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The Hunger
AKA: Begierde

USA/GB 1983, color, 93 min.
Director Tony Scott
screenplay James Costigan, Lucen Davis, Michael Thomas
based on the novel by Whitley Strieber
Photography Stephen Goldblatt
Music Michael Rubin, Danny Jaeger
Producer Richard Shepherd
Catherine Deneuve Miriam Blaylock
David Bowie John
Susan Sarandon Sarah Roberts
Cliff de Young Tom Haver
Dan Hedaya Allegrezza
also starring Ann Magnusson, William Dafoe, u.a.

Miriam Blaylock is a beautiful, attractive but also somehow mysterious woman. Her secret is that she is a some thousand years old Egyptian vampire. Together with her lover John, an also more than 200 years old and nevertheless great-looking British aristocrat (how old is David Bowie in reality?) she lives in a huge New York apartment to which the couple lure their victims in order to drink their blood.

But then the same thing that has already happened to his predecessors happens to John: he rapidly grows older. Sarah, a gerontology researcher who is working on a project which is supposed to slow down this process, is asked for help. But it's already too late to save John. Miriam puts him on the attic where all her Ex-lovers lie in their coffins, cursed to stay there for eternity without any hope for death's relief until the end of Miriams reign as vampire.

In the meantime Sarah has become a slave to Miriams charm and has been made her new partner. But she has difficulties to adapt to her new situation and tries to kill herself. Miriam wants to put her on the attic as well, but there's already the other undead waiting for her. They have planned a rebellion and throw her from the balcony. Miriam turns into dust within minutes and the others can finally die. Sara is her successor as ober vampire with Miriam in the coffin as her first undead victim.

"The Hunger" was the debut of director Tony Scott, who is, by the way a brother of the renowned Hollywood director Rydley Scott ("Bladerunner", "Gladiator"). Before turning to movies, this man was mainly busy in advertising, which can be seen clearly when you watch this movie, but it does not do any harm at all. The pictures are perfectly put in scene and sensitively captured by the director of photography Stephen Goldblatt and sometimes even have a real ethereal effect. All this is accompanied by a well-done sound track by Michael Rubin and Danny Jaeger.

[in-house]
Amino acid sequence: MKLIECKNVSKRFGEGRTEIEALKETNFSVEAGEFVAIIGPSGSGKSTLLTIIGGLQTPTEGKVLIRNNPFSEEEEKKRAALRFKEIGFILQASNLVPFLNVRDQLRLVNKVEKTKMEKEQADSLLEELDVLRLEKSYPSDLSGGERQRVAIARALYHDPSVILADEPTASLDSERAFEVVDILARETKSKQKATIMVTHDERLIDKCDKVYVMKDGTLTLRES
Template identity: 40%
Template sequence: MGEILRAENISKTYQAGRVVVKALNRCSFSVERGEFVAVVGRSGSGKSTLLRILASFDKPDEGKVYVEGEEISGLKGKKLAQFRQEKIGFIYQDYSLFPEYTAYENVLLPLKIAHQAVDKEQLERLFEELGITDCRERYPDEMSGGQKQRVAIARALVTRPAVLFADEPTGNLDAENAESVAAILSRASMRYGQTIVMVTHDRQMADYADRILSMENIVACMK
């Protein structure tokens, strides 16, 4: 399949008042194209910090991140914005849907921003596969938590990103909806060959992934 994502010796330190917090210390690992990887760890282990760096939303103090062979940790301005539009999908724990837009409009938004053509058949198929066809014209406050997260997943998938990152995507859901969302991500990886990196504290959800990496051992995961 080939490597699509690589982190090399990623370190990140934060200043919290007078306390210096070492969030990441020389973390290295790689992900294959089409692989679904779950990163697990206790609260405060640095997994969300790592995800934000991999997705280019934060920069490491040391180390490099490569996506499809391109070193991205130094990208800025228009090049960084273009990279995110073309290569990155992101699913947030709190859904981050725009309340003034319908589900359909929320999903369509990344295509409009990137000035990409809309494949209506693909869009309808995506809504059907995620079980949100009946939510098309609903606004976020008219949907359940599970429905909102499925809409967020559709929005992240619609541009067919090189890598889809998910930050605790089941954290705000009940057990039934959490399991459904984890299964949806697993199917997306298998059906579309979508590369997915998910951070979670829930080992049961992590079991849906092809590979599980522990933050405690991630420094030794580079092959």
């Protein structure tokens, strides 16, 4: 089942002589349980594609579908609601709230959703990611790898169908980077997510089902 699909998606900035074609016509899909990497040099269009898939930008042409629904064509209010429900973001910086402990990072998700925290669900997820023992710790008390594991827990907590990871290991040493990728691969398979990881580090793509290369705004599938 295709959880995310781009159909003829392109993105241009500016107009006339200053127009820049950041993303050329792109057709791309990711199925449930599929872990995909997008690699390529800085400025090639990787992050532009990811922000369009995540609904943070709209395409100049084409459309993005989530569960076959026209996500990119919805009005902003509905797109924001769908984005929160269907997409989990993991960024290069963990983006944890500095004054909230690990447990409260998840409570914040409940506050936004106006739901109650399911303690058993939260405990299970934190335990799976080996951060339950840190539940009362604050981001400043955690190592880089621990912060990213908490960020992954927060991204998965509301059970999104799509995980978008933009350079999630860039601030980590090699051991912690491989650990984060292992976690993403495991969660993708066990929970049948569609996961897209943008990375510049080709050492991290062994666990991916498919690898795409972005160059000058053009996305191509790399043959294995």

The one or other might consider this some boring kitsch. The German magazine "Der Spiegel" for example judged this movie "chick, empty and death boring". Well - we see this completely different. The three leads De Neuve /Bowie/Sarandon are brilliant. The story is really kind of strange, the end even illogic. Whitley Strieber's novel was not really followed by the letter, but the story is told complexly and fascinates with great pictures. You really have to see how David Bowie turns into a scary scull within moments.

At that time the movie also broke with some taboos which has made it a cult movie among lesbians. And there's another aspect that makes "The Hunger" so special, which is that it completely renounces to all kinds of vampire cliches and symbols such as garlic, crucifixes, etc. (and a lot of directors failed completely when trying to do so) and thus marking the end of the classic vampire movie. This is why in the very beginning of the movie we see the band "Bauhaus" performing their gothic hit "Bela Lugosi is dead", a well-done broad hint. Unfortunately Tony Scott only managed to make one single other movie that is worth seeing, which is the Tarantino adaptation "True Romance. The rest was cheep Hollywood stuff such as "Top Gun" or "Beverly Hills Cop", which is a pity!

Just one more note at the end: "The Hunger" was the debut for William Dafoe in a supporting part. Later we could see him as blood sucker Max Schreck in "Shadow of the Vampire". Well, this is how one thing comes to the other....

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